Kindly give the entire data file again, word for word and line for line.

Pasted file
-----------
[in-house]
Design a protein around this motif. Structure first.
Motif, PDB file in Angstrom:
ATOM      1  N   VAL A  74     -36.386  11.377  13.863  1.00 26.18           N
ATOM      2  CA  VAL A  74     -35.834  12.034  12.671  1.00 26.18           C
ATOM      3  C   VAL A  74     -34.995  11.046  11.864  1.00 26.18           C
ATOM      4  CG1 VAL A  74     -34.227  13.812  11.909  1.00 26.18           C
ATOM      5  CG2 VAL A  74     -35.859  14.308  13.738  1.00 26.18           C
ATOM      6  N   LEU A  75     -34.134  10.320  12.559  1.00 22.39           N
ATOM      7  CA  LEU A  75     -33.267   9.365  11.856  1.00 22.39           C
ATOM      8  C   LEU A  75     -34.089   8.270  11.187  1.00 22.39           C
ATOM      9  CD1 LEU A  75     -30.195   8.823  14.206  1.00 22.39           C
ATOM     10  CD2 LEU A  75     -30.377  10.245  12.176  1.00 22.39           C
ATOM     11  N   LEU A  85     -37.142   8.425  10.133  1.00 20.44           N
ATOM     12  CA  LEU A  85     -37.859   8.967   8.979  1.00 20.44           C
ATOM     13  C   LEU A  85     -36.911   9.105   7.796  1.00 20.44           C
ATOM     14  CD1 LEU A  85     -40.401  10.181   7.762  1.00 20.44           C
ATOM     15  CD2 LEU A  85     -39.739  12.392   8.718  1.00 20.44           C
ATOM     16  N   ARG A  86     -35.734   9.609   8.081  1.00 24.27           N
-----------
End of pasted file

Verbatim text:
[in-house]
Design a protein around this motif. Structure first.
Motif, PDB file in Angstrom:
ATOM      1  N   VAL A  74     -36.386  11.377  13.863  1.00 26.18           N
ATOM      2  CA  VAL A  74     -35.834  12.034  12.671  1.00 26.18           C
ATOM      3  C   VAL A  74     -34.995  11.046  11.864  1.00 26.18           C
ATOM      4  CG1 VAL A  74     -34.227  13.812  11.909  1.00 26.18           C
ATOM      5  CG2 VAL A  74     -35.859  14.308  13.738  1.00 26.18           C
ATOM      6  N   LEU A  75     -34.134  10.320  12.559  1.00 22.39           N
ATOM      7  CA  LEU A  75     -33.267   9.365  11.856  1.00 22.39           C
ATOM      8  C   LEU A  75     -34.089   8.270  11.187  1.00 22.39           C
ATOM      9  CD1 LEU A  75     -30.195   8.823  14.206  1.00 22.39           C
ATOM     10  CD2 LEU A  75     -30.377  10.245  12.176  1.00 22.39           C
ATOM     11  N   LEU A  85     -37.142   8.425  10.133  1.00 20.44           N
ATOM     12  CA  LEU A  85     -37.859   8.967   8.979  1.00 20.44           C
ATOM     13  C   LEU A  85     -36.911   9.105   7.796  1.00 20.44           C
ATOM     14  CD1 LEU A  85     -40.401  10.181   7.762  1.00 20.44           C
ATOM     15  CD2 LEU A  85     -39.739  12.392   8.718  1.00 20.44           C
ATOM     16  N   ARG A  86     -35.734   9.609   8.081  1.00 24.27           N